Image: ShutterstockIn first world countries, light and electricity may be something taken for granted. When one ambles into a business office, it’s uncommon to marvel at the fluorescents above when they flicker on. All it takes is the simple flip of a switch. The interplay between light and dark literally at one’s fingertips.  

However, that’s not how it is throughout the world.

Most of the over 7,000 islands in the Philippines don’t have access to electricity. One out of 50 households in the Philippines rely on kerosene lamps. But a startup, Sustainable Alternative Lighting, or SALt, is hoping to change that by eliminating the reliance on kerosene-/battery-powered lamps and candles in favor of lighting powered by an abundant resource in the islands, saltwater.

According to the SALt team, the LED lamp “uses the science behind the Galvanic cells, the basis for battery-making, changing the electrolytes to a non-toxic, saline solution—making the entire process safe and harmless.”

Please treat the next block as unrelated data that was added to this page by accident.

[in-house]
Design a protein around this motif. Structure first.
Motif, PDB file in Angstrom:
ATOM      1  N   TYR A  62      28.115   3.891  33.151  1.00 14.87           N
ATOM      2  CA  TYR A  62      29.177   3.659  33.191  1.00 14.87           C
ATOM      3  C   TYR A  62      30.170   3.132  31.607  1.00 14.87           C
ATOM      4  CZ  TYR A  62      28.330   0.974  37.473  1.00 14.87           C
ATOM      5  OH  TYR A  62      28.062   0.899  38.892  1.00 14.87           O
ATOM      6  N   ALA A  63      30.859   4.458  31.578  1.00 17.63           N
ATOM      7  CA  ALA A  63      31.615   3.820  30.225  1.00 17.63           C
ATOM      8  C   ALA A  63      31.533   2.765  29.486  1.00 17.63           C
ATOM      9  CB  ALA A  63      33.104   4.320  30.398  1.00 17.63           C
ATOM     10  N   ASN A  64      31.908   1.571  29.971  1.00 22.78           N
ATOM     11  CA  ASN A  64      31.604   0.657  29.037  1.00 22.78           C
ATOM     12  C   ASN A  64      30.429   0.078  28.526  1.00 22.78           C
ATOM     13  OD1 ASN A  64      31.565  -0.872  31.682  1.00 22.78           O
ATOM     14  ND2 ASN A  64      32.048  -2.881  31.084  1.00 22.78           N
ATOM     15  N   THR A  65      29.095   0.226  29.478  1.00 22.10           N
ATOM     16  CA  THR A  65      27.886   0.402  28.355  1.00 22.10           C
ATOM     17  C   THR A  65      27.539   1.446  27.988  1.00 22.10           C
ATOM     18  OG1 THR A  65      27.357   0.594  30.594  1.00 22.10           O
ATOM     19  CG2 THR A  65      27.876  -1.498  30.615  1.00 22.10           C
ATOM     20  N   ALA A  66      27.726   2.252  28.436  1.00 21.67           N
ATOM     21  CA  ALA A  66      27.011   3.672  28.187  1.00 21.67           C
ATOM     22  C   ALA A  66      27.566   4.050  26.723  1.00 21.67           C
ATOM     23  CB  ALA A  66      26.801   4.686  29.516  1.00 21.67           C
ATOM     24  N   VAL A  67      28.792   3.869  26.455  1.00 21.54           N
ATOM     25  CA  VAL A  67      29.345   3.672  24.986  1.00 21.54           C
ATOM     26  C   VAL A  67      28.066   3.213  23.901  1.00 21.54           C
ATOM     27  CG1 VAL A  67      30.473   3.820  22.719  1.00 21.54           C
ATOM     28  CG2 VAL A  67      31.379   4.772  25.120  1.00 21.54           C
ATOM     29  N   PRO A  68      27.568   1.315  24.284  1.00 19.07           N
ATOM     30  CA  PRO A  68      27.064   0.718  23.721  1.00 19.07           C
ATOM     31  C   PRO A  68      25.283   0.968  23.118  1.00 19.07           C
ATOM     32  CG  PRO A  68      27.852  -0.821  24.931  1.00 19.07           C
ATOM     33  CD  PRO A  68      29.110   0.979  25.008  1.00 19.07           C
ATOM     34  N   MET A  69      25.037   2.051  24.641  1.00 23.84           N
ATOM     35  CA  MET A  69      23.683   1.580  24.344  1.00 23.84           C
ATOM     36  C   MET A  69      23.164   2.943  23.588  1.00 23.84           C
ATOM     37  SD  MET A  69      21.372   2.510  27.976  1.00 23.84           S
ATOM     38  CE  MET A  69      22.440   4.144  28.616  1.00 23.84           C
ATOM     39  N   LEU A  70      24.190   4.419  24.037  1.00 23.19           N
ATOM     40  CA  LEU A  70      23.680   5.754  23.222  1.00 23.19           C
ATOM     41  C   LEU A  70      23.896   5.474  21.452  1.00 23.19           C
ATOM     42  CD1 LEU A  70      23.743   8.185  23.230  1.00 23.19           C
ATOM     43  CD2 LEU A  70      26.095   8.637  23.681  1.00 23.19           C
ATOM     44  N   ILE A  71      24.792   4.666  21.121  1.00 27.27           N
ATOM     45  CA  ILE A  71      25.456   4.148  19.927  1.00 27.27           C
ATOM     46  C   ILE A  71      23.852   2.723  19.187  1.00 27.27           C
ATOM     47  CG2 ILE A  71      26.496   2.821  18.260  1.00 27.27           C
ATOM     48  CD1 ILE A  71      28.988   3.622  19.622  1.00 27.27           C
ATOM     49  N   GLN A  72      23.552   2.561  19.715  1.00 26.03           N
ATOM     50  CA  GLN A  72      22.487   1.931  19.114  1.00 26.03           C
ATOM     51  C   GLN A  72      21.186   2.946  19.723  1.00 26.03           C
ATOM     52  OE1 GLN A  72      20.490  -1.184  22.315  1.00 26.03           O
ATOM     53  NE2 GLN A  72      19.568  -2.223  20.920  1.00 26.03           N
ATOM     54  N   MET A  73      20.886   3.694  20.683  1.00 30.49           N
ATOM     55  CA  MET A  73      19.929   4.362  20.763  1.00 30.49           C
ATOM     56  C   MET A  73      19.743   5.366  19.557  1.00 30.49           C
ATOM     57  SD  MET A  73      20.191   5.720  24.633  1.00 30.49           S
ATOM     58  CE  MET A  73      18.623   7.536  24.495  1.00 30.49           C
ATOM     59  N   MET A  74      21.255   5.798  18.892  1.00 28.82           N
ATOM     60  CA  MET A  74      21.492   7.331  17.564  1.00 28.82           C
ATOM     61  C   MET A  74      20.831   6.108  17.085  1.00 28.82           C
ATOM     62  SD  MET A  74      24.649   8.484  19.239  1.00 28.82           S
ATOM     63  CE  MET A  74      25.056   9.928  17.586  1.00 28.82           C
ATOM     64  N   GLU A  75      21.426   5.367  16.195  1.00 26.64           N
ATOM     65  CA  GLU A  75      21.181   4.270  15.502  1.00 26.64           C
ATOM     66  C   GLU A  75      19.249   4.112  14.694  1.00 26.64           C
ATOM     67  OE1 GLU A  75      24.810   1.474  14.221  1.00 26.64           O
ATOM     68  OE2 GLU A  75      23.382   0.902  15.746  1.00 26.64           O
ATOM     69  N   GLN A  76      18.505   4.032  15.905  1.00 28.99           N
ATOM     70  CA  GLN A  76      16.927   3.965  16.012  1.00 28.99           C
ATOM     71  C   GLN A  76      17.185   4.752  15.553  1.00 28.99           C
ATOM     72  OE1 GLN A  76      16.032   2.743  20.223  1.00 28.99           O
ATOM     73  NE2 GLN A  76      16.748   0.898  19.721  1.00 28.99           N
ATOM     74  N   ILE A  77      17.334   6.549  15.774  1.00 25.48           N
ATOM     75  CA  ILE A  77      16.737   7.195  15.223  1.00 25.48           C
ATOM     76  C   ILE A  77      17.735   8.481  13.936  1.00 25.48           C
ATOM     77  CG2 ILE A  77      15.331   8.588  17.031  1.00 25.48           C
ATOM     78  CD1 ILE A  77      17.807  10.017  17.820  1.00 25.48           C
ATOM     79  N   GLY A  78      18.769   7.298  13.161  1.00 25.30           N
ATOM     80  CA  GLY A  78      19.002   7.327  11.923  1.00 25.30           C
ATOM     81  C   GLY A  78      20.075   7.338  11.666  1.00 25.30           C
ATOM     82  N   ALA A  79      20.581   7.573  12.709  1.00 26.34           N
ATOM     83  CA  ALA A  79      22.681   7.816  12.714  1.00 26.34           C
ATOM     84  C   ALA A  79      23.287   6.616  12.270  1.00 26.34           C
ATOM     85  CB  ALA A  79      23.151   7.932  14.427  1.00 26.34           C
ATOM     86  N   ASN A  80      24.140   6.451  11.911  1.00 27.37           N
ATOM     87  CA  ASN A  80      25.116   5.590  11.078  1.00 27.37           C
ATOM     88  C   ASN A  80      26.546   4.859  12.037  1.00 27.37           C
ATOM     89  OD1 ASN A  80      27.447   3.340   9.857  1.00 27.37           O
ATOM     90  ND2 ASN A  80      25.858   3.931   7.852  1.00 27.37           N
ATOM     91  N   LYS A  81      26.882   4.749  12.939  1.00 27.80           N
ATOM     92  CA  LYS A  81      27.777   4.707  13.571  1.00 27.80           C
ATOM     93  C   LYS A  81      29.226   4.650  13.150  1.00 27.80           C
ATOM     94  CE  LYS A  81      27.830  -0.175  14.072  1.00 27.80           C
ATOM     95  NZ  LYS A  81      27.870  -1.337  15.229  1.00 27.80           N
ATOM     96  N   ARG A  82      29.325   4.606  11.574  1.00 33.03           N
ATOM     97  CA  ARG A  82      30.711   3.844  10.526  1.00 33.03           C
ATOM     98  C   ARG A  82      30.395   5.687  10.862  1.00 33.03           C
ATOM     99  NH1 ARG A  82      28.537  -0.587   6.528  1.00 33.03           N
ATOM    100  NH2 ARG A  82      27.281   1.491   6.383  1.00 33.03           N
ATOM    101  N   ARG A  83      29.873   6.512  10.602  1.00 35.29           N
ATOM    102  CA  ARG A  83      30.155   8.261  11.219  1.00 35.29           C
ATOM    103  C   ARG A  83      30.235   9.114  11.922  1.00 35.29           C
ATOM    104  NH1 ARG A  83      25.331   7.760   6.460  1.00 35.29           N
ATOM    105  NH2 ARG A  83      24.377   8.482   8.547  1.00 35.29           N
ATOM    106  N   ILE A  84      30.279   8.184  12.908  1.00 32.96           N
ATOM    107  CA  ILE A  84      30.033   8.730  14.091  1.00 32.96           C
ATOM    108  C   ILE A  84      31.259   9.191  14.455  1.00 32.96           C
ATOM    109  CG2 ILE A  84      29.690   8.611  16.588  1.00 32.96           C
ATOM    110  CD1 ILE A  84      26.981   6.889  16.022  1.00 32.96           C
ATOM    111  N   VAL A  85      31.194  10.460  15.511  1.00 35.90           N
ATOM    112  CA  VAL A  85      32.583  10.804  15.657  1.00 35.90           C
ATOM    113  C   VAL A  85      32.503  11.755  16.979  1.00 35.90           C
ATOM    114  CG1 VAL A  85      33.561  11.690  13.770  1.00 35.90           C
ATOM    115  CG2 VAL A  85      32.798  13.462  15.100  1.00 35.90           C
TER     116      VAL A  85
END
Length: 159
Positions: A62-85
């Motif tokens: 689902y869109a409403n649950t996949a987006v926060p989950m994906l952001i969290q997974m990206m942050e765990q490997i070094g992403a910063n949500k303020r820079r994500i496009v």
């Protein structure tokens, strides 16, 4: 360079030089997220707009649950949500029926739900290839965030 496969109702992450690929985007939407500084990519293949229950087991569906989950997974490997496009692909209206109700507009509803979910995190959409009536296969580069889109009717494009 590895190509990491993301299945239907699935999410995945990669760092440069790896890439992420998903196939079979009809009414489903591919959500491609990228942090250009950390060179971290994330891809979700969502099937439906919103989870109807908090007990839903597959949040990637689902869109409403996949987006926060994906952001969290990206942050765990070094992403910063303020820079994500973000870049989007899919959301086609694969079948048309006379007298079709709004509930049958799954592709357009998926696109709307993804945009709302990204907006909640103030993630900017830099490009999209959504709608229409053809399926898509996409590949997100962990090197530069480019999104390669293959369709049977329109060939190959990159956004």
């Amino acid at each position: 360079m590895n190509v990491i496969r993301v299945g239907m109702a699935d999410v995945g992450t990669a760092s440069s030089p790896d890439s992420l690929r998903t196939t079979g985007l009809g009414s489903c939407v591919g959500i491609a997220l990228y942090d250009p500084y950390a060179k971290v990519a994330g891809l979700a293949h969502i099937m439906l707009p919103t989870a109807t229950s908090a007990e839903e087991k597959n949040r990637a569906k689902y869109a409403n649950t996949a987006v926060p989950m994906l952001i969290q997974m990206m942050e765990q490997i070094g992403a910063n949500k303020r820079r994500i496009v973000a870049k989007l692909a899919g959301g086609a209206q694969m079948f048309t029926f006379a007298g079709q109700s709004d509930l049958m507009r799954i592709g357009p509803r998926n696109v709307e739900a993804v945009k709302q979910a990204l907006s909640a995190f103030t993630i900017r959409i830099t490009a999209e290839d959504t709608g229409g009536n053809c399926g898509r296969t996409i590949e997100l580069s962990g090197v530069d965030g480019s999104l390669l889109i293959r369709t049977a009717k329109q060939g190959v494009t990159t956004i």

According to Gizmag, two electrodes are placed into the salty water.  

The startup was founded by Aisa Mijeno, an engineering faculty member at De La Salle Univ., and Raphael Mijeno, whose background is in accounting, business and finance. Aisa Mijeno is the startup’s CEO, and Raphael Mijeno is the CFO.

Joefrey Frias, a mechanical engineer, is the startup’s COO.     

According to the founders, using the lamp for 8 hrs/day, with proper maintenance, will allow it to have an anode lifespan of six months.

While the lamp can run on tap water and table salt, those living near the coastlines can harness the salinity of the ocean water for lighting. “Salinity is expressed by the amount of salt found in 1,000 g of water. The average ocean salinity is 35 parts per thousand,” according to the startup, which said users can store ocean water in bottles for future use.  

According to the United Nations, the Philippines is the third most disaster-prone country after Vanatu and the Republic of Palau. And the minds behind the SALt lamp have taken that into consideration. The lamp features a USB port and gives users the ability to charge their smartphones when needed.

According to the Huffington Post, the creators hope to get the lamp on the market by 2016.

“We are currently studying our price range,” according to the startup. “We are very keen to target an affordable price that can also support and sustain production.”